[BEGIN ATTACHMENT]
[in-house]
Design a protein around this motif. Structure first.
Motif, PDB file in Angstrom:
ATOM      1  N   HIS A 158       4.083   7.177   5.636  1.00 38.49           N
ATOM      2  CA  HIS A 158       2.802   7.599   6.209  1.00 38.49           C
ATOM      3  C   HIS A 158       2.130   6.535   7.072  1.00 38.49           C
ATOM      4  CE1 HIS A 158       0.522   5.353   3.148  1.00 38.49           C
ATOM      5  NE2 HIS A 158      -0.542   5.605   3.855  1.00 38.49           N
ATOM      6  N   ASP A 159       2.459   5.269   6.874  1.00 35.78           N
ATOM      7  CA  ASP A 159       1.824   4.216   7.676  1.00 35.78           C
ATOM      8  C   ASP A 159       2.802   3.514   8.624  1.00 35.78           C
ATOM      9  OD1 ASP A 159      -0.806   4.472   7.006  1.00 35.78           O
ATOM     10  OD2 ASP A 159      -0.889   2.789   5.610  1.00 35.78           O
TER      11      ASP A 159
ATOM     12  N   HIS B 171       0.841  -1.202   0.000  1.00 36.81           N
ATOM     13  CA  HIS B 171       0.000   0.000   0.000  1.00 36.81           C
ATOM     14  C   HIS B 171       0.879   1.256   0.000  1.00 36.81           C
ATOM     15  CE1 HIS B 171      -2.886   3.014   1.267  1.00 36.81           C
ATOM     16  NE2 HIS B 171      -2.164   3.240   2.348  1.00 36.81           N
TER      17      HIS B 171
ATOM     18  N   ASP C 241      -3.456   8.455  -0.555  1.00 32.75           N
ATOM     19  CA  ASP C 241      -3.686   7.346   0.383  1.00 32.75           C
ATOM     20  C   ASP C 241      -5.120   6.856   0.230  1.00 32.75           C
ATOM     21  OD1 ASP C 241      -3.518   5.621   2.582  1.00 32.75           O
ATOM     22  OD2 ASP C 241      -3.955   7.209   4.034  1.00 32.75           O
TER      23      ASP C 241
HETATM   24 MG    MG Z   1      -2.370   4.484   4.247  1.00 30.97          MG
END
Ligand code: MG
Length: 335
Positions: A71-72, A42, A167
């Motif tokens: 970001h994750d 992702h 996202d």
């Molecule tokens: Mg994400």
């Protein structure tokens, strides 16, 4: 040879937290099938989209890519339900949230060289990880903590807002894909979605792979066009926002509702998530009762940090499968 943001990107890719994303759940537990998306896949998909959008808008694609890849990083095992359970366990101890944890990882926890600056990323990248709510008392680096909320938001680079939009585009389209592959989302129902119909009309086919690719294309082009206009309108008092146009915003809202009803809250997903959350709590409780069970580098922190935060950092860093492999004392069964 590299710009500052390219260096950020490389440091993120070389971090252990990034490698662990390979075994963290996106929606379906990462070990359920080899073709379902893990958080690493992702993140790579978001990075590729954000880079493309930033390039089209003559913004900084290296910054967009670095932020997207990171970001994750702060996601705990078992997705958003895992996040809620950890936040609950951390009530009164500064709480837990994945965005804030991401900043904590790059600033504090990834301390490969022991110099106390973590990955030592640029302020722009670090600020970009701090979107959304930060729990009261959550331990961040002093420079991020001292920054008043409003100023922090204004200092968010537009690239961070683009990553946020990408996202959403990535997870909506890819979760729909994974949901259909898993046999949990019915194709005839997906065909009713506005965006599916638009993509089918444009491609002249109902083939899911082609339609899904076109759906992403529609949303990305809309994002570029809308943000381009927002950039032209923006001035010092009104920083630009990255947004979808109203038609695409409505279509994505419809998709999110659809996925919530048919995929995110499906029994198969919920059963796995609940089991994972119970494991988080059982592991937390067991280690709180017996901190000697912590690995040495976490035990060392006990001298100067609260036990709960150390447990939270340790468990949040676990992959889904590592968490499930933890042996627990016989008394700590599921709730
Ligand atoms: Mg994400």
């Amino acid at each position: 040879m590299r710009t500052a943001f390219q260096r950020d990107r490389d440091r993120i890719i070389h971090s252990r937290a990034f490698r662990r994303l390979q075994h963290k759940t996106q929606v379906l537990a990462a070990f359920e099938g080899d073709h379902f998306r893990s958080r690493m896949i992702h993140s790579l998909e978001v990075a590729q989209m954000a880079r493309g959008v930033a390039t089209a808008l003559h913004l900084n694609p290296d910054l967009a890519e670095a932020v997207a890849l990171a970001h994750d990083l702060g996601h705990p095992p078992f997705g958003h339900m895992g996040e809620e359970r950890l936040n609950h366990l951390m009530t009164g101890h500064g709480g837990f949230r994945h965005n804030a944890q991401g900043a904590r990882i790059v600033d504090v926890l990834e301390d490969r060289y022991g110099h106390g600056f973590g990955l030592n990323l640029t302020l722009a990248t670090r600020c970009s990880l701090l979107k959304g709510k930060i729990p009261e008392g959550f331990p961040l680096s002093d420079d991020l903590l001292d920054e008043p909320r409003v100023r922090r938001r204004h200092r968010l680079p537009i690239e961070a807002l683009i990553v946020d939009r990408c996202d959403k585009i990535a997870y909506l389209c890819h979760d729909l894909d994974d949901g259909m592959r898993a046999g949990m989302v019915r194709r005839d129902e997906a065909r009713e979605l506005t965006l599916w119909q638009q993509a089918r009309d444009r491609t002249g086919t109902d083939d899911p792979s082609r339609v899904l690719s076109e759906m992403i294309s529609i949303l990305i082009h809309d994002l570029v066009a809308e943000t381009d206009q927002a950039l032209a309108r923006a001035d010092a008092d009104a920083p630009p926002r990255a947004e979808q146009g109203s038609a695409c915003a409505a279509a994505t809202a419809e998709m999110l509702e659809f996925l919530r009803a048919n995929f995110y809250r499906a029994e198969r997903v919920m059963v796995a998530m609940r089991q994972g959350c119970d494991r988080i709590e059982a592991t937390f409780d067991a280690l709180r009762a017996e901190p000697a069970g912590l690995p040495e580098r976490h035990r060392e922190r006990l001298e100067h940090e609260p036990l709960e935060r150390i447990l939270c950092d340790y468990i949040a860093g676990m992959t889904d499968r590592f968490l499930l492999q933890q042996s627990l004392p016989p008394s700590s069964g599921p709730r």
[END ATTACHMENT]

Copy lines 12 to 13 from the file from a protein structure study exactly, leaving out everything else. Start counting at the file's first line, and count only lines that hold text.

ATOM      9  OD1 ASP A 159      -0.806   4.472   7.006  1.00 35.78           O
ATOM     10  OD2 ASP A 159      -0.889   2.789   5.610  1.00 35.78           O